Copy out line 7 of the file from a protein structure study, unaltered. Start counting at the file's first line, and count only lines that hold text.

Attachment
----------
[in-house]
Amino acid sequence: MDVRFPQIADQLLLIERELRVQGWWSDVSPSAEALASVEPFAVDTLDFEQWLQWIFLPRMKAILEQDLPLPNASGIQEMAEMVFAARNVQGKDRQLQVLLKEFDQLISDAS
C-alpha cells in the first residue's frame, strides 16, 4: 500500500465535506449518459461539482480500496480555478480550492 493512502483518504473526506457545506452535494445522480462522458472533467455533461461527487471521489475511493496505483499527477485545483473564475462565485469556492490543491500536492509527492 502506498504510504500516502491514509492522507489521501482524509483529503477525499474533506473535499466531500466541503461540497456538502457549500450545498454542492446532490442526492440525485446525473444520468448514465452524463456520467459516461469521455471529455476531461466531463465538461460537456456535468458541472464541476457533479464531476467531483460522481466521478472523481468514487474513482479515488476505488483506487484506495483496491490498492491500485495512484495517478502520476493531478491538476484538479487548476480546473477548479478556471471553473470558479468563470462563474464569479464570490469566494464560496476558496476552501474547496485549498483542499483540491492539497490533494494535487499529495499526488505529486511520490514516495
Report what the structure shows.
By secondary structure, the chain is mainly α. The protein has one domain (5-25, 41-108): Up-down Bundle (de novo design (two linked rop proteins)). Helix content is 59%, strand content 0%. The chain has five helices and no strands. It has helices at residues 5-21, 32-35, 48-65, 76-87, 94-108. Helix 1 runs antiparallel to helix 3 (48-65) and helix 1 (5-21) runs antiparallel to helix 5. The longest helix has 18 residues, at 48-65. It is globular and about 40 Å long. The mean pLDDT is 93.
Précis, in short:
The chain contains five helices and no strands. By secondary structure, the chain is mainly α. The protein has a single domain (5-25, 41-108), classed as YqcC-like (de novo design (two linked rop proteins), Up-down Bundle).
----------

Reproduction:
The chain contains five helices and no strands. By secondary structure, the chain is mainly α. The protein has a single domain (5-25, 41-108), classed as YqcC-like (de novo design (two linked rop proteins), Up-down Bundle).